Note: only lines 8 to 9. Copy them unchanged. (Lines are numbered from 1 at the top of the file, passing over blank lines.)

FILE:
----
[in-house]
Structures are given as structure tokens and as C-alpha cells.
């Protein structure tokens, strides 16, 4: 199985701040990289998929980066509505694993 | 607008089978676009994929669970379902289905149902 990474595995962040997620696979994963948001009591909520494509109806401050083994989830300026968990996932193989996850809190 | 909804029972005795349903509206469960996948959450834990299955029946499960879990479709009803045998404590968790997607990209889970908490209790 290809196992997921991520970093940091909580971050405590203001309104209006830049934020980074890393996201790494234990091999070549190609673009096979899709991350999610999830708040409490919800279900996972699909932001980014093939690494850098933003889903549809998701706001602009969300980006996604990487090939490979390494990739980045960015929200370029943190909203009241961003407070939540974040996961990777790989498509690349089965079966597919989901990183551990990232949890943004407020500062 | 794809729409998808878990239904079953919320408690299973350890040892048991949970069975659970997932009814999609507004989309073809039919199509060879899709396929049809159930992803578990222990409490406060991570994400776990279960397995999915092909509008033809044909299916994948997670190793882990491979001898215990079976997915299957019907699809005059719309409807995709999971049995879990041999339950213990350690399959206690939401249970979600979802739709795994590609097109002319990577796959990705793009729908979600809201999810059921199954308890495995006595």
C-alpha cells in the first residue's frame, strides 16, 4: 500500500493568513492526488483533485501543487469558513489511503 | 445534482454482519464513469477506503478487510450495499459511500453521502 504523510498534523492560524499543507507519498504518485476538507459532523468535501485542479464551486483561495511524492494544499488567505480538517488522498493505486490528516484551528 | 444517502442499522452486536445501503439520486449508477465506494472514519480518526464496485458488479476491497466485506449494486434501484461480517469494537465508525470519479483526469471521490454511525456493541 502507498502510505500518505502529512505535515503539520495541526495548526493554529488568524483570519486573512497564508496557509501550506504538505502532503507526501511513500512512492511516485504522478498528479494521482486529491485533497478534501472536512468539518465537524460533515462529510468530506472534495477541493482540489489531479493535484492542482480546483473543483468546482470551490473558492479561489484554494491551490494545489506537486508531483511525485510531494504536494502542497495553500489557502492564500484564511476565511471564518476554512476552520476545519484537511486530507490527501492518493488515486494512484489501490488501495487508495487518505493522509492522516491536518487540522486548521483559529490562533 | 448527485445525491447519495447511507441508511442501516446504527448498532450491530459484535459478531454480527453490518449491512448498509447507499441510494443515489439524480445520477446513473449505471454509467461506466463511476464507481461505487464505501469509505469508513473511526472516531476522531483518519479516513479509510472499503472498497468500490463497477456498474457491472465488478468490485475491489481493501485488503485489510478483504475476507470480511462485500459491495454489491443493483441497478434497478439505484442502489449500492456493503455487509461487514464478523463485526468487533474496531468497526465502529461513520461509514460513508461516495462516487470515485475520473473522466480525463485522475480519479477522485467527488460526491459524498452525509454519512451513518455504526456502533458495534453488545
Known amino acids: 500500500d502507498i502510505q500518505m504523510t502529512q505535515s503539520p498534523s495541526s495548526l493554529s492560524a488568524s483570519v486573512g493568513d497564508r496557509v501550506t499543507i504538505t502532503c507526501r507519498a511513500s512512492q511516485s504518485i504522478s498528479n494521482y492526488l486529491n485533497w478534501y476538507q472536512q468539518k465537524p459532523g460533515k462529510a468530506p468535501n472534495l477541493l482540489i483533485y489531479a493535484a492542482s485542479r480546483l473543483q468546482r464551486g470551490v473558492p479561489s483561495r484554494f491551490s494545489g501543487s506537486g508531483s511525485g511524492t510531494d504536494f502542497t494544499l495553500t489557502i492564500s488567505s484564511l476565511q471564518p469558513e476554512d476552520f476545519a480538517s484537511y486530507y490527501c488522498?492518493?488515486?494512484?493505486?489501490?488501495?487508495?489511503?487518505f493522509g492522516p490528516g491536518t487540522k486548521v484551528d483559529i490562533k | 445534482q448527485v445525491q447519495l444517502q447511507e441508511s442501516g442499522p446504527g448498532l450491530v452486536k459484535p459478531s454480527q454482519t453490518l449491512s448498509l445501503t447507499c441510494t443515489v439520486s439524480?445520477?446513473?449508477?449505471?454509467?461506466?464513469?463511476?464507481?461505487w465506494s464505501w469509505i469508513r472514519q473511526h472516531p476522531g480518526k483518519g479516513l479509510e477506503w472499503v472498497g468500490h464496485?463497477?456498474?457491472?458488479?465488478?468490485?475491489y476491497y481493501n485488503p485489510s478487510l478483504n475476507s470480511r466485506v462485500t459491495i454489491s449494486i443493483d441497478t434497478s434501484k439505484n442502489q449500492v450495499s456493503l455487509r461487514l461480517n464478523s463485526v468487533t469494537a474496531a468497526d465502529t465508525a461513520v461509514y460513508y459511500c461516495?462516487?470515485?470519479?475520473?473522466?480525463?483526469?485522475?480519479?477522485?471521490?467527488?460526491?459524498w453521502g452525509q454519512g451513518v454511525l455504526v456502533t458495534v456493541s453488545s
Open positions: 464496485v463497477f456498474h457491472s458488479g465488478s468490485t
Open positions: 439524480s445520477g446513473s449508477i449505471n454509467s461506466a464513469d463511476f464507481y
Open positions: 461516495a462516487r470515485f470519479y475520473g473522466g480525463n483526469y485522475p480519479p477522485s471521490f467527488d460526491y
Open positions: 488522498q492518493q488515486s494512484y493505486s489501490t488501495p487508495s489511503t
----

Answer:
Open positions: 461516495a462516487r470515485f470519479y475520473g473522466g480525463n483526469y485522475p480519479p477522485s471521490f467527488d460526491y
Open positions: 488522498q492518493q488515486s494512484y493505486s489501490t488501495p487508495s489511503t